China vowed to retaliate Wednesday after the United States abruptly ordered the closure of its consulate in Houston, a move that further inflamed tensions between the two superpowers.
Wang Wenbin, a spokesman for China’s foreign ministry, said China was notified on Tuesday that it must close the consulate within 72 hours. In a regular daily news briefing, he described the action as an “unprecedented escalation” and said China would “react with firm countermeasures” if the U.S. does not revoke the decision.
State Department spokesperson Morgan Ortagus said in a statement that the closure was “to protect American intellectual property and American’s private information.”
“The United States will not tolerate the (People’s Republican of China’s) violations of our sovereignty and intimidation of our people,” Ortagus said. It is unusual but not unprecedented for the U.S. to close another country’s consulate.
Secretary of State Mike Pompeo declined to explain what triggered the decision when pressed on the matter during a news briefing in Copenhagen, where he was meeting with Danish officials.
But he raised long-standing U.S. accusations that China’s government is stealing American intellectual property. He also brought up the Department of Justice’s indictment Tuesday oftwo Chinese hackerscharged with stealing trade secrets from hundreds of global targets and, more recently, probing for vulnerabilities in U.S. companies involved in the development of COVID-19 treatments and vaccines.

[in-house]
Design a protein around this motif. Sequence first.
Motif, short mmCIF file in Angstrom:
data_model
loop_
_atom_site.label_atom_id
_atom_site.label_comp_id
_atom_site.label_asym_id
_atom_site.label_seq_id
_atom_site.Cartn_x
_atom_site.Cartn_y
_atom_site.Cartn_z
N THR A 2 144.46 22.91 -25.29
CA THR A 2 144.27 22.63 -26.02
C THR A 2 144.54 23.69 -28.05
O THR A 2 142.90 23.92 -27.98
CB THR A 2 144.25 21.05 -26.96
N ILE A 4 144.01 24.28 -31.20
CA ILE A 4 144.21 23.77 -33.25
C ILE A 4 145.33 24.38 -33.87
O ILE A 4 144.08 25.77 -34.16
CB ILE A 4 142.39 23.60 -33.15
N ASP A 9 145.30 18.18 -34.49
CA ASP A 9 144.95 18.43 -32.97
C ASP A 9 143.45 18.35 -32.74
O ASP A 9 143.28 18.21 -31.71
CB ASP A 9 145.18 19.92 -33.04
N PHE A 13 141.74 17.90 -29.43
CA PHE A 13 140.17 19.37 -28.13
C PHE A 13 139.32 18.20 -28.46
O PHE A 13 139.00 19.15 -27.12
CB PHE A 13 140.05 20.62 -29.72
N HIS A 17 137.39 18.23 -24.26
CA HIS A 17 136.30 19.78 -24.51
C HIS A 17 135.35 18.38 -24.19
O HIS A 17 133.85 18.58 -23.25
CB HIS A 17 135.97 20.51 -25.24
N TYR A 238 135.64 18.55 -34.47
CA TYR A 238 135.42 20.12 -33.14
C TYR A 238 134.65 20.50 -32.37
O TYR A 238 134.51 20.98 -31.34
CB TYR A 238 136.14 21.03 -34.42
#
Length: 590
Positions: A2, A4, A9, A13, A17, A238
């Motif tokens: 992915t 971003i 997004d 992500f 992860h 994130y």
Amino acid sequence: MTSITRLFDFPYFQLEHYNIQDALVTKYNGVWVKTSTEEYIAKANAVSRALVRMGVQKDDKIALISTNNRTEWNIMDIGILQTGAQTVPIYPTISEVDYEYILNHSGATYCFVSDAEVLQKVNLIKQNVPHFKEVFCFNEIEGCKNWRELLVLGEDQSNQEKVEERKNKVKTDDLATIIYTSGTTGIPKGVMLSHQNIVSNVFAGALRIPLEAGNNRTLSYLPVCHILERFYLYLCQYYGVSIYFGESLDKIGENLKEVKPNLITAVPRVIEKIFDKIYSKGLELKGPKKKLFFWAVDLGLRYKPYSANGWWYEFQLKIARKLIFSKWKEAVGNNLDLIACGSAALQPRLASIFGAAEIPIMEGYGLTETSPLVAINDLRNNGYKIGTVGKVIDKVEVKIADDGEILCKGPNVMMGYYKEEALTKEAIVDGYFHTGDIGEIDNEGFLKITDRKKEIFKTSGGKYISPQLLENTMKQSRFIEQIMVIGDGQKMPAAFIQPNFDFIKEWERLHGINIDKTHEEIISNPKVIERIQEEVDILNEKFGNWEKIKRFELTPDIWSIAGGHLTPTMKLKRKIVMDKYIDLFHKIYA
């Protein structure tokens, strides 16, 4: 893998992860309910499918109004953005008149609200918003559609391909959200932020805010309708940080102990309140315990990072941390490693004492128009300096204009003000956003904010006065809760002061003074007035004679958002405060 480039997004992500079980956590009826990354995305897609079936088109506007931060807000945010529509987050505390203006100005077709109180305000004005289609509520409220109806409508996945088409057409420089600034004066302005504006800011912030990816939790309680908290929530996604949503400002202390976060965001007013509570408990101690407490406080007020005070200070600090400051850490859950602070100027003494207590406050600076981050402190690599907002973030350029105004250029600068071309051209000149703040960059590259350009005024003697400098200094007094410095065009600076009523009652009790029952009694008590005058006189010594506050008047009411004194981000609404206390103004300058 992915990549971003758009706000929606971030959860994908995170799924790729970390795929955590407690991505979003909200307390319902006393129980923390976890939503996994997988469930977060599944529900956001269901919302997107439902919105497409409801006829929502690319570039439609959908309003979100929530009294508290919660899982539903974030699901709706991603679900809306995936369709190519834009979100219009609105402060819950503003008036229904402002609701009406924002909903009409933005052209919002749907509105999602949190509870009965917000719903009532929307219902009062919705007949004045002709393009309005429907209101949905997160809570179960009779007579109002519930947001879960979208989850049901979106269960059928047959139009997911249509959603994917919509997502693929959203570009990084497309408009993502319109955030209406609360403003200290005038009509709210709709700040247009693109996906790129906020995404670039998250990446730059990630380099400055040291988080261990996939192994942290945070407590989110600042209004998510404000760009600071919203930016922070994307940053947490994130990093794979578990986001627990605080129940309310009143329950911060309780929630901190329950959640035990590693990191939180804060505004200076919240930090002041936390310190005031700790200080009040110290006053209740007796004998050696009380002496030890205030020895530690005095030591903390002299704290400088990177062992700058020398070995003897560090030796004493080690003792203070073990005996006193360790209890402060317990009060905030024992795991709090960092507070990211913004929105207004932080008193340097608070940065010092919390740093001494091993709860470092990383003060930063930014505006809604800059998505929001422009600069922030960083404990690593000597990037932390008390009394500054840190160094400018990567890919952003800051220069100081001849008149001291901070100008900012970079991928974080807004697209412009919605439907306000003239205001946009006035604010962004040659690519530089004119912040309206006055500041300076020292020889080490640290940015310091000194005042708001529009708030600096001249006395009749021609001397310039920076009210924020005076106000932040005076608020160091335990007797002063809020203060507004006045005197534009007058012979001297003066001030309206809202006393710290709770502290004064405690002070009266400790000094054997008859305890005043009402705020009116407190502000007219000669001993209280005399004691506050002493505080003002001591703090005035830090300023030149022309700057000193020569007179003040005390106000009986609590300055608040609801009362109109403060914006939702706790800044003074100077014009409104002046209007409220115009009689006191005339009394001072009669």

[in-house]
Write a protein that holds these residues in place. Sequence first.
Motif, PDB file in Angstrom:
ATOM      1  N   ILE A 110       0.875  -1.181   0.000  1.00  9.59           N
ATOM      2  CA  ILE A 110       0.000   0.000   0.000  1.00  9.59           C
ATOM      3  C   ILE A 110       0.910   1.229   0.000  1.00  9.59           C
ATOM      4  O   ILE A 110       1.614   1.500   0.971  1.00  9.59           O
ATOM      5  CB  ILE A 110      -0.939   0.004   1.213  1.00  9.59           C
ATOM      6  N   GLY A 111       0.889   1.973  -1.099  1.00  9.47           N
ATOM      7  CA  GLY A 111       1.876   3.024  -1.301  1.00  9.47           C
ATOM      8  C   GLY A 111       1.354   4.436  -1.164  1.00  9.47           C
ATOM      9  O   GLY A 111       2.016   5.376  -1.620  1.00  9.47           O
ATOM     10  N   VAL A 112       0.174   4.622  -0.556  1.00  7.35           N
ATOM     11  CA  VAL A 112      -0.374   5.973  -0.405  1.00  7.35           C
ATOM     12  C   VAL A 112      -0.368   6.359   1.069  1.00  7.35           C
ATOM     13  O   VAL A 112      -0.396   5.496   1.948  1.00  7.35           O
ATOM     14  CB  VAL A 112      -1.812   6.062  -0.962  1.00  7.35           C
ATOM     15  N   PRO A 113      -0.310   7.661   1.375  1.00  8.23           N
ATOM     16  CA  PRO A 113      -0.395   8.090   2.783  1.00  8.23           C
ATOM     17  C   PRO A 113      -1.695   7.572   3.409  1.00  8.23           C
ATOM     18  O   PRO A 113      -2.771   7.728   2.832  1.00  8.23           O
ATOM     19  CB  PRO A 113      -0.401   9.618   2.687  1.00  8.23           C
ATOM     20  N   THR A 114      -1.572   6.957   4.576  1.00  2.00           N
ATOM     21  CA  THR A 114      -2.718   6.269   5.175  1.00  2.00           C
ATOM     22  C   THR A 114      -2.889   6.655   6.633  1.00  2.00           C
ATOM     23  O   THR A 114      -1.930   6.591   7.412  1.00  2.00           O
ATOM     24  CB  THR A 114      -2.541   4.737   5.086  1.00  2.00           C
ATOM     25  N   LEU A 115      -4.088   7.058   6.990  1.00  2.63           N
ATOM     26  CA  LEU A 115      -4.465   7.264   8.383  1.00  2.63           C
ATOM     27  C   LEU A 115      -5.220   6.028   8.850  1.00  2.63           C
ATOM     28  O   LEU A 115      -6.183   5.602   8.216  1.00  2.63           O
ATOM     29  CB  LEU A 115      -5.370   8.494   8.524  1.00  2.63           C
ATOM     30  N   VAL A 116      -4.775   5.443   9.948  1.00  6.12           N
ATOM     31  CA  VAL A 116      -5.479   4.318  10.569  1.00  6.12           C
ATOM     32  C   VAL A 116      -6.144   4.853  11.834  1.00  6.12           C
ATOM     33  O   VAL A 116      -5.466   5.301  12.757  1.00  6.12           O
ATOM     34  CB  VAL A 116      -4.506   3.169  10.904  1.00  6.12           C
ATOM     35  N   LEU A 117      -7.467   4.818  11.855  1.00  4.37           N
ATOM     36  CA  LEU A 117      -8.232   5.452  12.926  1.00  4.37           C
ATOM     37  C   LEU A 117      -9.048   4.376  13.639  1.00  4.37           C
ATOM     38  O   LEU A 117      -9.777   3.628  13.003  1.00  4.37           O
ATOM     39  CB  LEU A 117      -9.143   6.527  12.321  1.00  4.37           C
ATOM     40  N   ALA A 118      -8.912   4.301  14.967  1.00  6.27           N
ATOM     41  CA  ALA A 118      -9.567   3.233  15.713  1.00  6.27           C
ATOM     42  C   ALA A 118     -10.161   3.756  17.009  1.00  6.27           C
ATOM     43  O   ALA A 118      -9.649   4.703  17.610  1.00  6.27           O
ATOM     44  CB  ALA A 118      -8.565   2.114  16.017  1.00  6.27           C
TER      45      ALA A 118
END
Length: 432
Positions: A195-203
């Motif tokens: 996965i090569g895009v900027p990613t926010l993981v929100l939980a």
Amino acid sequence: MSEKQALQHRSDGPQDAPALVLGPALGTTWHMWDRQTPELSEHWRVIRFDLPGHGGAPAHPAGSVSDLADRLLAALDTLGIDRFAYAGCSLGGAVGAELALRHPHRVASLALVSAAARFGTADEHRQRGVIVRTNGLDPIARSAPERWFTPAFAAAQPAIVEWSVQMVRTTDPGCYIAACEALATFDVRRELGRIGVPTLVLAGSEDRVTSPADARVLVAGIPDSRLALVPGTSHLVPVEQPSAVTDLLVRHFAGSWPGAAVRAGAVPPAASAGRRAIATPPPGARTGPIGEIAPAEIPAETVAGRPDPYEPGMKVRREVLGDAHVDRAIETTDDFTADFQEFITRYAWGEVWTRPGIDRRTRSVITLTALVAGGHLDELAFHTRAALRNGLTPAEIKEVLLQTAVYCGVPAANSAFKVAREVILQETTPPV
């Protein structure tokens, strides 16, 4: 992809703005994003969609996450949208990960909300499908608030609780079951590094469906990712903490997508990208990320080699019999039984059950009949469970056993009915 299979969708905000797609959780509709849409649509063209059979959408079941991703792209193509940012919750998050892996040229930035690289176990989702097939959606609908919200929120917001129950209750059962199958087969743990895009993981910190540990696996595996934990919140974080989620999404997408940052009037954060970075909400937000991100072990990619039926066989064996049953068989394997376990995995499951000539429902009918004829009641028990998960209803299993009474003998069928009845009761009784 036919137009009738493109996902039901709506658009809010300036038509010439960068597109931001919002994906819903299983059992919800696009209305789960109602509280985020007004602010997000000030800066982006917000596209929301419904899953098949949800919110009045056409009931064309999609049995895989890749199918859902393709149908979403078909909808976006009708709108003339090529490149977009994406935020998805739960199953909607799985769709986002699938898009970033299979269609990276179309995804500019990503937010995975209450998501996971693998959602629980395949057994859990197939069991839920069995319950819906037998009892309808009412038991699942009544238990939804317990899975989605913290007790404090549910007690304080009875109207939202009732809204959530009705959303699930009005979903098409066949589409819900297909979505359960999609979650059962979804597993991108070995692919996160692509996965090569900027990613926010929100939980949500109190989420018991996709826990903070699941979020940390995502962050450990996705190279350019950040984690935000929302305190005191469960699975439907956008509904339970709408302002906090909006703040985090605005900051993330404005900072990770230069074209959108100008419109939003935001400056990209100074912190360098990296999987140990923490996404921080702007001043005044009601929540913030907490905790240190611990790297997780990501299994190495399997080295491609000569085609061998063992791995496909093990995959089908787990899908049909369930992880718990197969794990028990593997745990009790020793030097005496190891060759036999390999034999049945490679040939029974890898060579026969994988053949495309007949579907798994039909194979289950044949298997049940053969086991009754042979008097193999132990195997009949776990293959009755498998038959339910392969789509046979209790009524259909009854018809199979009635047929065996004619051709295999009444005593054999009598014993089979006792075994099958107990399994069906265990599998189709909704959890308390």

“President Trump has said enough,” Pompeo said. “We’re not going to allow this to continue to happen.”
Pompeo did not elaborate on the allegations of spying over treatments and vaccines, nor did he say whether the closure of the Houston consulate had anything to do with that case.
Sen. Marco Rubio, R-Fla., who chairs the Senate Select Committee on Intelligence, said in a tweet that “#China’s Houston consulate is a massive spy center” and added that “forcing it to close is long overdue.”
Rubio said China’s consulate in Houston “is not a diplomatic facility” and suggested it is staffed with spies. “It is the central node of the Communist Party’s vast network of spies & influence operations in the United States … This needed to happen.”
Wang said the consulate was operating normally.
Local mediain Houston reported on Tuesday that documents were being burned in a courtyard at the consulate. Texas fire and police officers responded to the reports of a fire. It was not clear if they were permitted to enter the property in Houston’s Montrose neighborhood.
“You could just smell the paper burning,” a witness at the scene told KPRC 2, an NBC-affiliate television station.
China’s consulate in Houston could not immediately be reached for comment.
U.S.-China relations have been battered by a rift over the coronavirus pandemic, strained trade relations and Beijing’s move to assert more authority over Hong Kong. In recent weeks, both nations haveslapped sanctions on each other’s officials.
In addition to its embassy in Washington, D.C., and the consulate in Houston, China has consulates in Chicago, Los Angeles, New York City and San Francisco.
“The U.S. has far more diplomatic missions and staff working in China. So if the U.S. is bent on going down this wrong path, we will resolutely respond,” Wang said.
The U.S. has consulates in Chengdu, Guangzhou, Shanghai, Shenyang and Wuhan. .